Salient Features

Some of the main features of the ONT ID framework are listed below.

Account Mechanism

An account mechanism that links to wallet addresses and is supported across the Ontology, Ethereum, and Binance Smart Chain ecosystem on the application layer.

Cross-chain Identity Aggregation

Linking to the respective contracts deployed on the Ethereum, Ontology and BSC chains to facilitate interoperability in the form of off-chain services such as an Oracle. Also, cross-chain communication between the ONT ID contracts deployed on Ontology and the target chain respectively.

Multi-asset Support

Support for assets from multiple chains (Bitcoin, Ethereum, Ontology, etc.)

Credit Score

A reputation score assigned to addresses based on transactional data such as asset ownership, transaction history with smart contracts, etc.

ONT ID comes with OScore, another opt-in feature that users can enable to avail services from platforms that require proof of reliability, such as uncollateralized loans. More details on OScore here.

Self-sovereign identity

In the context of ONT ID, the term entity refers to the following:

  • Individuals - Individual users of ONT ID

  • Legal entities - Institutions, organizations, enterprises, etc.

  • Objects - Mobile phones, automobiles, IoT devices, etc.

  • Content - Research, creative content, etc.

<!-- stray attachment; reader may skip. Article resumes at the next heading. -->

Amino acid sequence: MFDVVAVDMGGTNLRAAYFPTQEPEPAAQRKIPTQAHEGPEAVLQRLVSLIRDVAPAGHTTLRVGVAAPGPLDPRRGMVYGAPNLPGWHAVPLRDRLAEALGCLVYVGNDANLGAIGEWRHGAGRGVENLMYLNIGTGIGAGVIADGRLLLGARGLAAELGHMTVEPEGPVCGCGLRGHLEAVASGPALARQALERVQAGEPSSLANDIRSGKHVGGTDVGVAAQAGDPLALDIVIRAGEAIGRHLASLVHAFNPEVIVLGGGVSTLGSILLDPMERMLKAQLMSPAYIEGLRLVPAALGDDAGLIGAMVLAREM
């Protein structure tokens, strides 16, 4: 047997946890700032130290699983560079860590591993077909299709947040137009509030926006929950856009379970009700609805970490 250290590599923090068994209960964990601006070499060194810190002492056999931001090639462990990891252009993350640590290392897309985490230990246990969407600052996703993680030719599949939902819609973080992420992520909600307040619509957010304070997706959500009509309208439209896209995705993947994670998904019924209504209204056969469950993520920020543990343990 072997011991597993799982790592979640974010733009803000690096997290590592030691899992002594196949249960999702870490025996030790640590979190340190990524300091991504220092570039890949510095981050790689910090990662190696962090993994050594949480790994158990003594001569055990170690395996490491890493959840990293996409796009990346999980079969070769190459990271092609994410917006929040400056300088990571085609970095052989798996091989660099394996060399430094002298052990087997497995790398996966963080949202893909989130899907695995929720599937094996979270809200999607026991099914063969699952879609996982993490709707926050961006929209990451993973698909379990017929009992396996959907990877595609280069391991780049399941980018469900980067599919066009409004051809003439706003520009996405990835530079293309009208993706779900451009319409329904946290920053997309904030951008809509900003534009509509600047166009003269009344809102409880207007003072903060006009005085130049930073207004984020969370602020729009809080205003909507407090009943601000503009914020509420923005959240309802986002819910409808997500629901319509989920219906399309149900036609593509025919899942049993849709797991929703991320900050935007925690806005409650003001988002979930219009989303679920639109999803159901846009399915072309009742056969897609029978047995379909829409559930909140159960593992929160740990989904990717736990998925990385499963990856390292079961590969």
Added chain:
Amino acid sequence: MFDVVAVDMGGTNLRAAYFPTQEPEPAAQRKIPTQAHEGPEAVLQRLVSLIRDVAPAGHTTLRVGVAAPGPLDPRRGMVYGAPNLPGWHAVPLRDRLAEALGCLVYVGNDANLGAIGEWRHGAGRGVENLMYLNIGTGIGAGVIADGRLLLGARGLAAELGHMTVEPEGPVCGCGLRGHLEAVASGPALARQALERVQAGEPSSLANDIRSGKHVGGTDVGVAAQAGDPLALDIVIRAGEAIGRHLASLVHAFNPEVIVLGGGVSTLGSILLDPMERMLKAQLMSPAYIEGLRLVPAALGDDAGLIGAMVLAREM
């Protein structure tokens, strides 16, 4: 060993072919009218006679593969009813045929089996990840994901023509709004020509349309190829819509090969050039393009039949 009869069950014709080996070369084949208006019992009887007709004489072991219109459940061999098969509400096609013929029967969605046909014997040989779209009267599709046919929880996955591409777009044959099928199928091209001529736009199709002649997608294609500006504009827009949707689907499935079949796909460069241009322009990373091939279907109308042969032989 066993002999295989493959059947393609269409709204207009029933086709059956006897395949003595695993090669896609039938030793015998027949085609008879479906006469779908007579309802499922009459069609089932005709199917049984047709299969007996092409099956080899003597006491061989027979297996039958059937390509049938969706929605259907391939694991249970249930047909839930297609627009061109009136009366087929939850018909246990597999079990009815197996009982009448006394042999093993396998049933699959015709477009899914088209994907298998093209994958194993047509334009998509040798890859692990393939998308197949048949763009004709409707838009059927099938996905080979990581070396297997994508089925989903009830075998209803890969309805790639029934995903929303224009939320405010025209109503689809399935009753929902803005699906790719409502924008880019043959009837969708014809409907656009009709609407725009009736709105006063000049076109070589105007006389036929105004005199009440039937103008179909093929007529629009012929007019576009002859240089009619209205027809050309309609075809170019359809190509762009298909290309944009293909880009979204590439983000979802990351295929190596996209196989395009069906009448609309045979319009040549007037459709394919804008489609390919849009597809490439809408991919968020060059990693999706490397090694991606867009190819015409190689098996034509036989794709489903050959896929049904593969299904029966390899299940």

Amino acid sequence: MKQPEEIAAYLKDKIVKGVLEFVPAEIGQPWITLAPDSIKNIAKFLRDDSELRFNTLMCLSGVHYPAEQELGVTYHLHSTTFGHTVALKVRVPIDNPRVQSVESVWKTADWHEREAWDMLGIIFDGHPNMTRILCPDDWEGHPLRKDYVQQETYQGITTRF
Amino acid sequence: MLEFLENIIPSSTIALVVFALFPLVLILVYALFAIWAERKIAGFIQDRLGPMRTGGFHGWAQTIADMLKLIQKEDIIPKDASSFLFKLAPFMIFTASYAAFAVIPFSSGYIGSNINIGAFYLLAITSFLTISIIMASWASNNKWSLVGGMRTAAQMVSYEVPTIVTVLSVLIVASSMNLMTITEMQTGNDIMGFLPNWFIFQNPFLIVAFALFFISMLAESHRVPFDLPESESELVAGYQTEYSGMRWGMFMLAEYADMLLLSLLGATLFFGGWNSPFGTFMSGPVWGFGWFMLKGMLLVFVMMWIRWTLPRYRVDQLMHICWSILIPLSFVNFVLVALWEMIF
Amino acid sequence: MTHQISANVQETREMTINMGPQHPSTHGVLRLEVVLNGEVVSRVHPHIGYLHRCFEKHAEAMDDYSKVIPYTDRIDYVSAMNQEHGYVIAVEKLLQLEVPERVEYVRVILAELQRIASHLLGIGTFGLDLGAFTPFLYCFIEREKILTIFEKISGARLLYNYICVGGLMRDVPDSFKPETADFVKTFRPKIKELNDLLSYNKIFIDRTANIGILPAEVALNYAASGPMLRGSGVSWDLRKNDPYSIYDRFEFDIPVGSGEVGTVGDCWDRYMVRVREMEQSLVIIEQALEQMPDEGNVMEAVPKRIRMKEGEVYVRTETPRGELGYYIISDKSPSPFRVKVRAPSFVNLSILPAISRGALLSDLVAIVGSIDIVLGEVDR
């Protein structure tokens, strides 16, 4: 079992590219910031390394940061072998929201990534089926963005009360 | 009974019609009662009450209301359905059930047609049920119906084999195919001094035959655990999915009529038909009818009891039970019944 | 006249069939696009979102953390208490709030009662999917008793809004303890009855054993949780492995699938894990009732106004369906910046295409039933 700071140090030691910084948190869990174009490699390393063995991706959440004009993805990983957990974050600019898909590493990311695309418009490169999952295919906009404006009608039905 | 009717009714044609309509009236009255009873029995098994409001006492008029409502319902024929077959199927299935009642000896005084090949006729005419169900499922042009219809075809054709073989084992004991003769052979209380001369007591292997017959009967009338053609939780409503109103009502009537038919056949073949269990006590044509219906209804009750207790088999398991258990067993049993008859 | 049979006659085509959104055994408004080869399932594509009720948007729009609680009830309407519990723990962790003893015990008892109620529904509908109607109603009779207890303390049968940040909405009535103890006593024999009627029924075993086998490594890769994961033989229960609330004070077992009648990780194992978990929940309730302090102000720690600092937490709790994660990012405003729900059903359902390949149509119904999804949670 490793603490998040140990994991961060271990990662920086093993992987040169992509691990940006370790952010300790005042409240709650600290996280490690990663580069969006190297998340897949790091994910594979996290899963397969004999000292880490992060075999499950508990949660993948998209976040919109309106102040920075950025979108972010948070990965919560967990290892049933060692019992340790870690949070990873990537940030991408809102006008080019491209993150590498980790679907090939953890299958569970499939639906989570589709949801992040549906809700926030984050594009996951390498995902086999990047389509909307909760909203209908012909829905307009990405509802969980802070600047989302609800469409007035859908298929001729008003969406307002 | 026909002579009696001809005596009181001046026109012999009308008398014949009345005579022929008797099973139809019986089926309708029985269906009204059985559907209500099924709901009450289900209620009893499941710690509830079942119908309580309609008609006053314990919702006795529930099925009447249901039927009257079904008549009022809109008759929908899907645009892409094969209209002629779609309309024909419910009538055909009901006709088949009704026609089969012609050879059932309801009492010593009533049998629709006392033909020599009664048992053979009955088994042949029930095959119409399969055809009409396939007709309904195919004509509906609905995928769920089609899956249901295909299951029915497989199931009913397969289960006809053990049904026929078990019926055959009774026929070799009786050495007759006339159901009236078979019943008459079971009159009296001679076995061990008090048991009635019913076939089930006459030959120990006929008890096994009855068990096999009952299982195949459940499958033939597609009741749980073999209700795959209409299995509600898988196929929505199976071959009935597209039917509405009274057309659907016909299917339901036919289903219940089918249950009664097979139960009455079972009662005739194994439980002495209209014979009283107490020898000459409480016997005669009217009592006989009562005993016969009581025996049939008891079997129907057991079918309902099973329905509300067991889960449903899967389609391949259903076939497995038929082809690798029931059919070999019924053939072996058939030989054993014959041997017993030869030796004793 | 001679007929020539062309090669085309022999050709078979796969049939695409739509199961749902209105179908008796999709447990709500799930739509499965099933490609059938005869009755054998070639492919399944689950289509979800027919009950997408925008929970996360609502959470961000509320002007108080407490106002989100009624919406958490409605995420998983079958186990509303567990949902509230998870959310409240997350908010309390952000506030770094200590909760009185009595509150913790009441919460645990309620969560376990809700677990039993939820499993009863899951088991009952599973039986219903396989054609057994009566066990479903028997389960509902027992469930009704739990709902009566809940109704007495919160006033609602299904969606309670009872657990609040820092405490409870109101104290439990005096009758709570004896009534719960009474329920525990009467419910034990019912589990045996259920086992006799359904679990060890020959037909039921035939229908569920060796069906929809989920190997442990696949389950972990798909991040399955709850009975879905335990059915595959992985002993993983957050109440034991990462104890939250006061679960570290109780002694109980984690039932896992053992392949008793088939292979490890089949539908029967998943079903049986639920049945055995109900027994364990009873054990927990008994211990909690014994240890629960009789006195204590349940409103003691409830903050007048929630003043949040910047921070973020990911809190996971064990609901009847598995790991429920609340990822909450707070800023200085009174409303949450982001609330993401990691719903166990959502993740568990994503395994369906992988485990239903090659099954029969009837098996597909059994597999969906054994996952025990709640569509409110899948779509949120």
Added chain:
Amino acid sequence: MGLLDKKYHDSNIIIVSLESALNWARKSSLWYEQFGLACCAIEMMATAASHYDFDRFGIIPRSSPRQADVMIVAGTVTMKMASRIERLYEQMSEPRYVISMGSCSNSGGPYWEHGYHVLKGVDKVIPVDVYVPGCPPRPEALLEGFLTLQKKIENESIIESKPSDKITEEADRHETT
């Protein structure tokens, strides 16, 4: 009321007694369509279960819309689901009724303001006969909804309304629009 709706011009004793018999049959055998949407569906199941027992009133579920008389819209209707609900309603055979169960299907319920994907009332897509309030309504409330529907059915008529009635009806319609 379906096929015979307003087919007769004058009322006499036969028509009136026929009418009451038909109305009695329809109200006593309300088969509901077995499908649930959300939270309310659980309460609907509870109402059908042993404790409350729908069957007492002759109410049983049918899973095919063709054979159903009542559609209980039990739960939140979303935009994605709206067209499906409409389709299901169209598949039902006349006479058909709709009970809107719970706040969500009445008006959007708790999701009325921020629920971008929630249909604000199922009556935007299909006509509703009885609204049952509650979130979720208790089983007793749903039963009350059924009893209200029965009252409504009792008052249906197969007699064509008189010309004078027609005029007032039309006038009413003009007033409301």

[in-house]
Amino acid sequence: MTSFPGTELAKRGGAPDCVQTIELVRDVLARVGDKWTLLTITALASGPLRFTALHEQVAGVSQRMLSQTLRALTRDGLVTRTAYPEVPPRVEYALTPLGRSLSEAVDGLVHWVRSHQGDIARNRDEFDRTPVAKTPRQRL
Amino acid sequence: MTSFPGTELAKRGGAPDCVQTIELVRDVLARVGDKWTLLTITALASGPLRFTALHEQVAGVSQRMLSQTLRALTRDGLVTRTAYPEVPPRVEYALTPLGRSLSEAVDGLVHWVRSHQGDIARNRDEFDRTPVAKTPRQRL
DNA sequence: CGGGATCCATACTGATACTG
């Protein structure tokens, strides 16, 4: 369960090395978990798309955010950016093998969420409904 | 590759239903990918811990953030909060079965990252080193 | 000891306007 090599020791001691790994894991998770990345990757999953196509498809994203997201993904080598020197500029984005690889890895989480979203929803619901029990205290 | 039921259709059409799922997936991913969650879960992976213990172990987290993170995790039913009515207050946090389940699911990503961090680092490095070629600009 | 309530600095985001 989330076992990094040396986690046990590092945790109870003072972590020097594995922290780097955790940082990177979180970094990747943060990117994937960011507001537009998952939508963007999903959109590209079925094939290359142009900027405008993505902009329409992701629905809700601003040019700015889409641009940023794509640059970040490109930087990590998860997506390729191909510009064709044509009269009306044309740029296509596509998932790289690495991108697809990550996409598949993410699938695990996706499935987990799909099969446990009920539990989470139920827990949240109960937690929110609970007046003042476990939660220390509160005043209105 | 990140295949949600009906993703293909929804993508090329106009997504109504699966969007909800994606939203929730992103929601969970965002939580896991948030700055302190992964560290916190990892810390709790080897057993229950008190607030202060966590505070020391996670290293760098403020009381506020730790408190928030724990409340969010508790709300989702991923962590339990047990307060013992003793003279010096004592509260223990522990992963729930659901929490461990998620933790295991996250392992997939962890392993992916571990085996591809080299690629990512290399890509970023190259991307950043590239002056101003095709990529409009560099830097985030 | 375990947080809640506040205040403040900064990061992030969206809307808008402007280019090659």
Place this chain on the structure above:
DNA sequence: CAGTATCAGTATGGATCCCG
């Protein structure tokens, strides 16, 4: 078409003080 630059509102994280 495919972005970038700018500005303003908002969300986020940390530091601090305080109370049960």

It is important to note that the term identity strictly refers to an entity's identity within the Ontology trust network.

An ONT ID is basically an identifier within the scope of the system. All the entities that are part of the network shall have an Ontology Identifier (ONT ID) that identifies and manages it's identity.

Users can register their ONT IDs using Ontology's ONTO wallet. The download links are available here.

On the Ontology blockchain, an entity can correspond to multiple individual IDs, and there need not exist any kind of relationship between the said multiple IDs.

The ONT Auth and Signing server services have been deployed on the Ontology mainnet.

A signing server is a back end service that links ONT ID from end user to the account system inside an application. More information on signing servers is available here.

Workaround for Traditional Systems

It is normal for traditional businesses to have partially, or fully centralized systems. Thus, keeping such scenarios and use cases in mind, Ontology has developed a workaround for centralized systems to integrate and use ONT ID.

The ID can be handed back to the user by changing the owner property of an ONT ID from the application to the end user. While conceptually, the ONT ID is delegated from the user to the application server host. The terms for this shall be prepared in advance, and the user would then authorize this 'delegation' by accepting the terms.

Technically speaking, the delegated ONT ID is able to perform the following tasks:

  • Perform actions such as registration and login within the system on behalf of the user,

    and publishing results to the Ontology mainnet.

  • Enable the users to take over full control and ownership of their ONT ID if they wish to do so.